Identification of WNK1 as a substrate of Akt/protein kinase B and a negative regulator of insulin-stimulated mitogenesis in 3T3-L1 cells

Program in Molecular Medicine, University of Massachusetts Medical School, Worcester, Massachusetts 01605, USA.
Journal of Biological Chemistry (Impact Factor: 4.6). 07/2005; 280(22):21622-8. DOI: 10.1074/jbc.M414464200
Source: PubMed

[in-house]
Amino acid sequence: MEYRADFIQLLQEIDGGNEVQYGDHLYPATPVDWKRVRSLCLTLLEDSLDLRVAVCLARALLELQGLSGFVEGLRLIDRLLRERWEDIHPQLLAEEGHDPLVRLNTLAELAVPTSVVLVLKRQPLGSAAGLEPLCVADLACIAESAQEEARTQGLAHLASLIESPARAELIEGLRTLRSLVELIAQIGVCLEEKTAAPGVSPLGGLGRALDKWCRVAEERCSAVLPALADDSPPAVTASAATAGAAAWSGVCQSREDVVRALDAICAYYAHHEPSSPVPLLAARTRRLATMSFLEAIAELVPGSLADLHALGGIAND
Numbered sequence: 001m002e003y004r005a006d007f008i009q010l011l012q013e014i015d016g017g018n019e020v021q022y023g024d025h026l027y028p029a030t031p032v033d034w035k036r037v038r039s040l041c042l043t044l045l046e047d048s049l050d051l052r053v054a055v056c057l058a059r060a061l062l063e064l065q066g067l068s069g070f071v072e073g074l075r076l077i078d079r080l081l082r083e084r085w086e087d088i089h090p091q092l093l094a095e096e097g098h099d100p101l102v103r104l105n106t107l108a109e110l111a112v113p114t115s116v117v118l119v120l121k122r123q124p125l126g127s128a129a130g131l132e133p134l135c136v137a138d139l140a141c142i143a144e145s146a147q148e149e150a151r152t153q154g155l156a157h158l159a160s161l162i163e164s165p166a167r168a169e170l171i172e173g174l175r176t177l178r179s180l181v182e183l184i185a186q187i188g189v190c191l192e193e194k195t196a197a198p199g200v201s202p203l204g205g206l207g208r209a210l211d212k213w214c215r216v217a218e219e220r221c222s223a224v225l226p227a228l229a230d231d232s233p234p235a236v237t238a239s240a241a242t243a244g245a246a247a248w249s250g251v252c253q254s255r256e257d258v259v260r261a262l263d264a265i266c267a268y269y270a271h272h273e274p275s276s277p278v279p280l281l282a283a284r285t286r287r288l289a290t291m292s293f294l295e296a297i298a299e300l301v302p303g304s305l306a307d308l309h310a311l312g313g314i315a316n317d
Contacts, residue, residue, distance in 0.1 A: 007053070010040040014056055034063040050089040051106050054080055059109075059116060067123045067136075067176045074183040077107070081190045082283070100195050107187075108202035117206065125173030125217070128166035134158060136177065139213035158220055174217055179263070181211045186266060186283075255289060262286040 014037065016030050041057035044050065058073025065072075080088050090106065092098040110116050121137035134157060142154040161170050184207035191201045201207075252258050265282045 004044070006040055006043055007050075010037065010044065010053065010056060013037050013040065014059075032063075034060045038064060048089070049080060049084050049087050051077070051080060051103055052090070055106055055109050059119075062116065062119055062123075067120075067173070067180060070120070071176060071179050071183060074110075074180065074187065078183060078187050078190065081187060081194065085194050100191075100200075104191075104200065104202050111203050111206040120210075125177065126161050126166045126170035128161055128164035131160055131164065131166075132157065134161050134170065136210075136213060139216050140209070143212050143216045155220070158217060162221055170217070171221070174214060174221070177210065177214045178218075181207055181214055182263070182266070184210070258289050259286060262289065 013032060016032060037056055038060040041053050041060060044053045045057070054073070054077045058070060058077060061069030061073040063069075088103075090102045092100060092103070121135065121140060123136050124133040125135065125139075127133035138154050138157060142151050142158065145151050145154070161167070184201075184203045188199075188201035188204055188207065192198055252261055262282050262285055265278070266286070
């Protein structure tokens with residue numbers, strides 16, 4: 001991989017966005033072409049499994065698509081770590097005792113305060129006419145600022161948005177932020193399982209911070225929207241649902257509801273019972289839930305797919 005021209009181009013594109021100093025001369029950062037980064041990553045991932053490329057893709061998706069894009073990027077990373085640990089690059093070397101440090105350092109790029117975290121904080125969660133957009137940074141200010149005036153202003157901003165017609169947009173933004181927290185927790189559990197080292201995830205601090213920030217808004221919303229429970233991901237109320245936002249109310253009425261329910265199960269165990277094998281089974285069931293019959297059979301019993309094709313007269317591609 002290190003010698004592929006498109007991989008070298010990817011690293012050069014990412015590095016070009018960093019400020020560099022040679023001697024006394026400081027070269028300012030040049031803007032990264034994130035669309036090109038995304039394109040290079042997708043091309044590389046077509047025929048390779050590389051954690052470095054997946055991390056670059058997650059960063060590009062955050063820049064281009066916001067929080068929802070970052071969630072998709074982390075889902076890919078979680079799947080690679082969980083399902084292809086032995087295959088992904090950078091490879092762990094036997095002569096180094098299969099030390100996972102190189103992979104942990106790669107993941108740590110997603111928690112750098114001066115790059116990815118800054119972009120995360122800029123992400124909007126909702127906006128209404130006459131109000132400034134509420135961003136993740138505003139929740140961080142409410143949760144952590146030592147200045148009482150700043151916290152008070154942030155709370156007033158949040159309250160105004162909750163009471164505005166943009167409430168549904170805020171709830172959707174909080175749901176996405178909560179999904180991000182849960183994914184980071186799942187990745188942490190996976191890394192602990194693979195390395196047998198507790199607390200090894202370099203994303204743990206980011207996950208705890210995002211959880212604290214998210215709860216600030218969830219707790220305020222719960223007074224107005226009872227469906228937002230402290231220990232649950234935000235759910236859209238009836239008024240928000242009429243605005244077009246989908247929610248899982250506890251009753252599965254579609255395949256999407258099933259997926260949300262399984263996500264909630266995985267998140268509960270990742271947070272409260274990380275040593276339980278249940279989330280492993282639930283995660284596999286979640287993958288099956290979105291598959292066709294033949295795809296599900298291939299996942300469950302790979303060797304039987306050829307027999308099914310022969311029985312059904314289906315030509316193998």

ABSTRACT Insulin signaling through protein kinase Akt/protein kinase B (PKB), a downstream element of the phosphatidylinositol 3-kinase (PI3K) pathway, regulates diverse cellular functions including metabolic pathways, apoptosis, mitogenesis, and membrane trafficking. To identify Akt/PKB substrates that mediate these effects, we used antibodies that recognize phosphopeptide sites containing the Akt/PKB substrate motif (RXRXX(p)S/T) to immunoprecipitate proteins from insulin-stimulated adipocytes. Tryptic peptides from a 250-kDa immunoprecipitated protein were identified as the protein kinase WNK1 (with no lysine) by matrix-assisted laser desorption ionization time-of-flight mass spectrometry, consistent with a recent report that WNK1 is phosphorylated on Thr60 in response to insulin-like growth factor I. Insulin treatment of 3T3-L1 adipocytes stimulated WNK1 phosphorylation, as detected by immunoprecipitation with antibody against WNK1 followed by immunoblotting with the anti-phosphoAkt substrate antibody. WNK1 phosphorylation induced by insulin was unaffected by rapamycin, an inhibitor of p70 S6 kinase pathway but abolished by the PI3K inhibitor wortmannin. RNA interference-directed depletion of Akt1/PKB alpha and Akt2/PKB beta attenuated insulin-stimulated WNK1 phosphorylation, but depletion of protein kinase C lambda did not. Whereas small interfering RNA-induced loss of WNK1 protein did not significantly affect insulin-stimulated glucose transport in 3T3-L1 adipocytes, it significantly enhanced insulin-stimulated thymidine incorporation by about 2-fold. Furthermore, depletion of WNK1 promoted serum-stimulated cell proliferation of 3T3-L1 preadipocytes, as evidenced by a 36% increase in cell number after 48 h in culture. These data suggest that WNK1 is a physiologically relevant target of insulin signaling through PI3K and Akt/PKB and functions as a negative regulator of insulin-stimulated mitogenesis.

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